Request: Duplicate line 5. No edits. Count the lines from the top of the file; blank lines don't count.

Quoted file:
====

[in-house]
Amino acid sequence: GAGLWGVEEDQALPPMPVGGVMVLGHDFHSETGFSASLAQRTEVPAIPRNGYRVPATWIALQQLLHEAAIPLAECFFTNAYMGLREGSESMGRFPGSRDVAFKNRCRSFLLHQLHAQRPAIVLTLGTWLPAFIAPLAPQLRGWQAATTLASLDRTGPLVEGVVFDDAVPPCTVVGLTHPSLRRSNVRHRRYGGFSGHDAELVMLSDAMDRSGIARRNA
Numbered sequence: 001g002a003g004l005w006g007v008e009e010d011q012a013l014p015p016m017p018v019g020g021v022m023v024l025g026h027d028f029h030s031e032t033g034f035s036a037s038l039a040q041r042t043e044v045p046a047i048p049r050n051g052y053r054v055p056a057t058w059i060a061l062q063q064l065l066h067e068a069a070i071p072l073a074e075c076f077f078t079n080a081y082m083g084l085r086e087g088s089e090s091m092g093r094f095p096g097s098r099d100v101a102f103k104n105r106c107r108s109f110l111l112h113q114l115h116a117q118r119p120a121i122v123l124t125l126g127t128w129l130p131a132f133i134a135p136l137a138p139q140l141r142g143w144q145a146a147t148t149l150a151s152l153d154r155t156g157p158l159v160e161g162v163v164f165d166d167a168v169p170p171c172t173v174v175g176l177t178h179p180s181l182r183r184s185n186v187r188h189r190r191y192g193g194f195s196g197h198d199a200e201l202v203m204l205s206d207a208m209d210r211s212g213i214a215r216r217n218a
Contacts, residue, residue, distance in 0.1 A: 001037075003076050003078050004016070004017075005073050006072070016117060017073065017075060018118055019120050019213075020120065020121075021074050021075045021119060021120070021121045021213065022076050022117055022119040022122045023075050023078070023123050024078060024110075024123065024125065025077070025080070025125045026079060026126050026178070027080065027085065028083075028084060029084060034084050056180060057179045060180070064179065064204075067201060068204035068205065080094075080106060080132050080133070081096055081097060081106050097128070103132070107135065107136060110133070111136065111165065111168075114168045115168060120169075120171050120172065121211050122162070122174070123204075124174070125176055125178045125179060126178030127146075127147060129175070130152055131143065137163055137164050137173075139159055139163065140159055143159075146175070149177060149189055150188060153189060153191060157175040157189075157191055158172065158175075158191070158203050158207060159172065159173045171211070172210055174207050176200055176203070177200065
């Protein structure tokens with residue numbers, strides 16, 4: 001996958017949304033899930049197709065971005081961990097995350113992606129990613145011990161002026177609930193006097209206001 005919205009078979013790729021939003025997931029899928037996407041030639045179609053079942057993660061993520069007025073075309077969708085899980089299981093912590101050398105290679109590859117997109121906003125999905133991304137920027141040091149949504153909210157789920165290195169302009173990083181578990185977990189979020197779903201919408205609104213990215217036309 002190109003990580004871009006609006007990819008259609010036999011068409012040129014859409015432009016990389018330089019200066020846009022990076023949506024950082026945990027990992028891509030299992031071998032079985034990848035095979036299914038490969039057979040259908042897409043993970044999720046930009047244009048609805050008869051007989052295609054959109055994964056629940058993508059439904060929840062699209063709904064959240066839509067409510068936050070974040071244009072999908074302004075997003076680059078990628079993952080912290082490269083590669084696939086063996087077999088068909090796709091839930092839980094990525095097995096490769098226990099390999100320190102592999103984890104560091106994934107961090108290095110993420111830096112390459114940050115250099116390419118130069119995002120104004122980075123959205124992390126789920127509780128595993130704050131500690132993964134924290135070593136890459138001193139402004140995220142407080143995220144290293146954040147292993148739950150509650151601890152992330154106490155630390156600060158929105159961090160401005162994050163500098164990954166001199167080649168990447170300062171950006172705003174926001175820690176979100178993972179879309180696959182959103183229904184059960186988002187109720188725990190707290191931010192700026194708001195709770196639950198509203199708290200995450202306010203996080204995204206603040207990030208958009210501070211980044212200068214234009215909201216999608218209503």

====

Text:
């Protein structure tokens with residue numbers, strides 16, 4: 001996958017949304033899930049197709065971005081961990097995350113992606129990613145011990161002026177609930193006097209206001 005919205009078979013790729021939003025997931029899928037996407041030639045179609053079942057993660061993520069007025073075309077969708085899980089299981093912590101050398105290679109590859117997109121906003125999905133991304137920027141040091149949504153909210157789920165290195169302009173990083181578990185977990189979020197779903201919408205609104213990215217036309 002190109003990580004871009006609006007990819008259609010036999011068409012040129014859409015432009016990389018330089019200066020846009022990076023949506024950082026945990027990992028891509030299992031071998032079985034990848035095979036299914038490969039057979040259908042897409043993970044999720046930009047244009048609805050008869051007989052295609054959109055994964056629940058993508059439904060929840062699209063709904064959240066839509067409510068936050070974040071244009072999908074302004075997003076680059078990628079993952080912290082490269083590669084696939086063996087077999088068909090796709091839930092839980094990525095097995096490769098226990099390999100320190102592999103984890104560091106994934107961090108290095110993420111830096112390459114940050115250099116390419118130069119995002120104004122980075123959205124992390126789920127509780128595993130704050131500690132993964134924290135070593136890459138001193139402004140995220142407080143995220144290293146954040147292993148739950150509650151601890152992330154106490155630390156600060158929105159961090160401005162994050163500098164990954166001199167080649168990447170300062171950006172705003174926001175820690176979100178993972179879309180696959182959103183229904184059960186988002187109720188725990190707290191931010192700026194708001195709770196639950198509203199708290200995450202306010203996080204995204206603040207990030208958009210501070211980044212200068214234009215909201216999608218209503």